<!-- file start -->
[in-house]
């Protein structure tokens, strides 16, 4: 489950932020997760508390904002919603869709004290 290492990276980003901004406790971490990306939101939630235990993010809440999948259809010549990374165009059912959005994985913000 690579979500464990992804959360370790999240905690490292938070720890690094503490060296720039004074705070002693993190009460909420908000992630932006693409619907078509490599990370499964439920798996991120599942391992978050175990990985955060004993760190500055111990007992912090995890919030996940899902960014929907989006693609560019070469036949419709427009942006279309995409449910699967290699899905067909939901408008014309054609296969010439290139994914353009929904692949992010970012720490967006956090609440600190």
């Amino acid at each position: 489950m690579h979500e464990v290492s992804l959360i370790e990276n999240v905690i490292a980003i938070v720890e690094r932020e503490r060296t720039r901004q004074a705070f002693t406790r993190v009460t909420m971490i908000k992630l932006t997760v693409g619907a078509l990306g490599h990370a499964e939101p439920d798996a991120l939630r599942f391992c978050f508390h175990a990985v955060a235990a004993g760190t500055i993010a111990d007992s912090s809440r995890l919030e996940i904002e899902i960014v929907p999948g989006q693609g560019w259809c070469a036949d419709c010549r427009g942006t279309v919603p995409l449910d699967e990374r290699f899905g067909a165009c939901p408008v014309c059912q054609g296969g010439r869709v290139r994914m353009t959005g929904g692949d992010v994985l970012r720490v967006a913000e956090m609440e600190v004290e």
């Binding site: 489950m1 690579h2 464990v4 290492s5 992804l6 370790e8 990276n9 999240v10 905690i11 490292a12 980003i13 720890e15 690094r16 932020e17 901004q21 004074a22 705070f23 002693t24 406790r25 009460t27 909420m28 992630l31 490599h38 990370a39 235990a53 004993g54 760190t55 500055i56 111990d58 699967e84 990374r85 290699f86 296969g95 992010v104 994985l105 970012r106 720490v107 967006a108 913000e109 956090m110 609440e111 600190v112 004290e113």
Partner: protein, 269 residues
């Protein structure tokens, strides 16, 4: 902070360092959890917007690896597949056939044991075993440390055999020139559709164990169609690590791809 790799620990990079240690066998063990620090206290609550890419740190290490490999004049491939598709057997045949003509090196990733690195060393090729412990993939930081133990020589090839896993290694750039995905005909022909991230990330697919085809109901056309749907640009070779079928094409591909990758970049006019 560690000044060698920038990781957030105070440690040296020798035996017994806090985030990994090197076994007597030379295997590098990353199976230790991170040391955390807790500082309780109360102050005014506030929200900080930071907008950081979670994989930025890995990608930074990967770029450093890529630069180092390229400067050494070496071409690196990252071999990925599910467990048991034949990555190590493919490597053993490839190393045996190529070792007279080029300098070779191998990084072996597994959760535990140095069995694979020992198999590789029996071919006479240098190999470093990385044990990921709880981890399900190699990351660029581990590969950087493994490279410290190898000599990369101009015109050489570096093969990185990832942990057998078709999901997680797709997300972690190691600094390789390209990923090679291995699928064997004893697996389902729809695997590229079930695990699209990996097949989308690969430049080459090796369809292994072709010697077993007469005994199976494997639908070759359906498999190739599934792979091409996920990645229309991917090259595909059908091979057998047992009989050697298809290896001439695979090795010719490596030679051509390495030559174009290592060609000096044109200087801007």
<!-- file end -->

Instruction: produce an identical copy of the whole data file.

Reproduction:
[in-house]
């Protein structure tokens, strides 16, 4: 489950932020997760508390904002919603869709004290 290492990276980003901004406790971490990306939101939630235990993010809440999948259809010549990374165009059912959005994985913000 690579979500464990992804959360370790999240905690490292938070720890690094503490060296720039004074705070002693993190009460909420908000992630932006693409619907078509490599990370499964439920798996991120599942391992978050175990990985955060004993760190500055111990007992912090995890919030996940899902960014929907989006693609560019070469036949419709427009942006279309995409449910699967290699899905067909939901408008014309054609296969010439290139994914353009929904692949992010970012720490967006956090609440600190």
């Amino acid at each position: 489950m690579h979500e464990v290492s992804l959360i370790e990276n999240v905690i490292a980003i938070v720890e690094r932020e503490r060296t720039r901004q004074a705070f002693t406790r993190v009460t909420m971490i908000k992630l932006t997760v693409g619907a078509l990306g490599h990370a499964e939101p439920d798996a991120l939630r599942f391992c978050f508390h175990a990985v955060a235990a004993g760190t500055i993010a111990d007992s912090s809440r995890l919030e996940i904002e899902i960014v929907p999948g989006q693609g560019w259809c070469a036949d419709c010549r427009g942006t279309v919603p995409l449910d699967e990374r290699f899905g067909a165009c939901p408008v014309c059912q054609g296969g010439r869709v290139r994914m353009t959005g929904g692949d992010v994985l970012r720490v967006a913000e956090m609440e600190v004290e």
């Binding site: 489950m1 690579h2 464990v4 290492s5 992804l6 370790e8 990276n9 999240v10 905690i11 490292a12 980003i13 720890e15 690094r16 932020e17 901004q21 004074a22 705070f23 002693t24 406790r25 009460t27 909420m28 992630l31 490599h38 990370a39 235990a53 004993g54 760190t55 500055i56 111990d58 699967e84 990374r85 290699f86 296969g95 992010v104 994985l105 970012r106 720490v107 967006a108 913000e109 956090m110 609440e111 600190v112 004290e113």
Partner: protein, 269 residues
């Protein structure tokens, strides 16, 4: 902070360092959890917007690896597949056939044991075993440390055999020139559709164990169609690590791809 790799620990990079240690066998063990620090206290609550890419740190290490490999004049491939598709057997045949003509090196990733690195060393090729412990993939930081133990020589090839896993290694750039995905005909022909991230990330697919085809109901056309749907640009070779079928094409591909990758970049006019 560690000044060698920038990781957030105070440690040296020798035996017994806090985030990994090197076994007597030379295997590098990353199976230790991170040391955390807790500082309780109360102050005014506030929200900080930071907008950081979670994989930025890995990608930074990967770029450093890529630069180092390229400067050494070496071409690196990252071999990925599910467990048991034949990555190590493919490597053993490839190393045996190529070792007279080029300098070779191998990084072996597994959760535990140095069995694979020992198999590789029996071919006479240098190999470093990385044990990921709880981890399900190699990351660029581990590969950087493994490279410290190898000599990369101009015109050489570096093969990185990832942990057998078709999901997680797709997300972690190691600094390789390209990923090679291995699928064997004893697996389902729809695997590229079930695990699209990996097949989308690969430049080459090796369809292994072709010697077993007469005994199976494997639908070759359906498999190739599934792979091409996920990645229309991917090259595909059908091979057998047992009989050697298809290896001439695979090795010719490596030679051509390495030559174009290592060609000096044109200087801007």